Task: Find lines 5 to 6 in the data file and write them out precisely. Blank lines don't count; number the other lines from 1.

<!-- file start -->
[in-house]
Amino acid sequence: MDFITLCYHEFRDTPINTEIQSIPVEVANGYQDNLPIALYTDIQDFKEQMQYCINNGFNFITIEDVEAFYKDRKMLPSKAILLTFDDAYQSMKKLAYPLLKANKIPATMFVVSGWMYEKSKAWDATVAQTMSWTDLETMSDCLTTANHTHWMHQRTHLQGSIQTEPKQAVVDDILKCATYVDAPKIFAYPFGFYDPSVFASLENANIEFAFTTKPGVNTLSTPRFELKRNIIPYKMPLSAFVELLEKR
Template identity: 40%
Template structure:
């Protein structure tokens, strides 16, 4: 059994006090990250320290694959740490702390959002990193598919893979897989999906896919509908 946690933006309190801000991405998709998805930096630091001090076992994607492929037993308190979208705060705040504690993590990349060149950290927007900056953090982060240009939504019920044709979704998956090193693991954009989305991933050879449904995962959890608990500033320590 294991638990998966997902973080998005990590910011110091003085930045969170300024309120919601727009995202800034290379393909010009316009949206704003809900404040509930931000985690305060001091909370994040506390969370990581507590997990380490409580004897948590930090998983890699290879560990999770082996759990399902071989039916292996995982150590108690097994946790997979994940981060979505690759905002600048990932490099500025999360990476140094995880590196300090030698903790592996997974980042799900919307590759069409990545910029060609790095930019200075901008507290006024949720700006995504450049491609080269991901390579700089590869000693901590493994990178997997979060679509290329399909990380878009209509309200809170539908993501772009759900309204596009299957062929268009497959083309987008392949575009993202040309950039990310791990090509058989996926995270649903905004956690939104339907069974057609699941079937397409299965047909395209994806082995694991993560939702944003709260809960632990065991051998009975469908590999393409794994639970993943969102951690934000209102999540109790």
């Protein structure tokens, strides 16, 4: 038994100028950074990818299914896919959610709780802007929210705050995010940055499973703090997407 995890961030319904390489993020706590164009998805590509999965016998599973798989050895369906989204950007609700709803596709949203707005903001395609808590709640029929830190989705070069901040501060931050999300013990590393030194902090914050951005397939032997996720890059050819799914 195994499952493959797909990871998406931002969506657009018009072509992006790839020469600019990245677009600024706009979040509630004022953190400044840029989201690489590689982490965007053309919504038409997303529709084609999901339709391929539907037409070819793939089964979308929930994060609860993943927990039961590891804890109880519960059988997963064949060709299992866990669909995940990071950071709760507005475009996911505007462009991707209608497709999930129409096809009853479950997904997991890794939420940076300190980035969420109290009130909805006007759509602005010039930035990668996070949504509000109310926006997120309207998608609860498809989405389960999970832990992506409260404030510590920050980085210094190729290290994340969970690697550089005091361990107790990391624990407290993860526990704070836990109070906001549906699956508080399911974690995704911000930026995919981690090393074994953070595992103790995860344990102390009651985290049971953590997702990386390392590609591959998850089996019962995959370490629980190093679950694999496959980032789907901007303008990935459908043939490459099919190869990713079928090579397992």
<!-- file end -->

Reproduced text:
């Protein structure tokens, strides 16, 4: 059994006090990250320290694959740490702390959002990193598919893979897989999906896919509908 946690933006309190801000991405998709998805930096630091001090076992994607492929037993308190979208705060705040504690993590990349060149950290927007900056953090982060240009939504019920044709979704998956090193693991954009989305991933050879449904995962959890608990500033320590 294991638990998966997902973080998005990590910011110091003085930045969170300024309120919601727009995202800034290379393909010009316009949206704003809900404040509930931000985690305060001091909370994040506390969370990581507590997990380490409580004897948590930090998983890699290879560990999770082996759990399902071989039916292996995982150590108690097994946790997979994940981060979505690759905002600048990932490099500025999360990476140094995880590196300090030698903790592996997974980042799900919307590759069409990545910029060609790095930019200075901008507290006024949720700006995504450049491609080269991901390579700089590869000693901590493994990178997997979060679509290329399909990380878009209509309200809170539908993501772009759900309204596009299957062929268009497959083309987008392949575009993202040309950039990310791990090509058989996926995270649903905004956690939104339907069974057609699941079937397409299965047909395209994806082995694991993560939702944003709260809960632990065991051998009975469908590999393409794994639970993943969102951690934000209102999540109790």
């Protein structure tokens, strides 16, 4: 038994100028950074990818299914896919959610709780802007929210705050995010940055499973703090997407 995890961030319904390489993020706590164009998805590509999965016998599973798989050895369906989204950007609700709803596709949203707005903001395609808590709640029929830190989705070069901040501060931050999300013990590393030194902090914050951005397939032997996720890059050819799914 195994499952493959797909990871998406931002969506657009018009072509992006790839020469600019990245677009600024706009979040509630004022953190400044840029989201690489590689982490965007053309919504038409997303529709084609999901339709391929539907037409070819793939089964979308929930994060609860993943927990039961590891804890109880519960059988997963064949060709299992866990669909995940990071950071709760507005475009996911505007462009991707209608497709999930129409096809009853479950997904997991890794939420940076300190980035969420109290009130909805006007759509602005010039930035990668996070949504509000109310926006997120309207998608609860498809989405389960999970832990992506409260404030510590920050980085210094190729290290994340969970690697550089005091361990107790990391624990407290993860526990704070836990109070906001549906699956508080399911974690995704911000930026995919981690090393074994953070595992103790995860344990102390009651985290049971953590997702990386390392590609591959998850089996019962995959370490629980190093679950694999496959980032789907901007303008990935459908043939490459099919190869990713079928090579397992």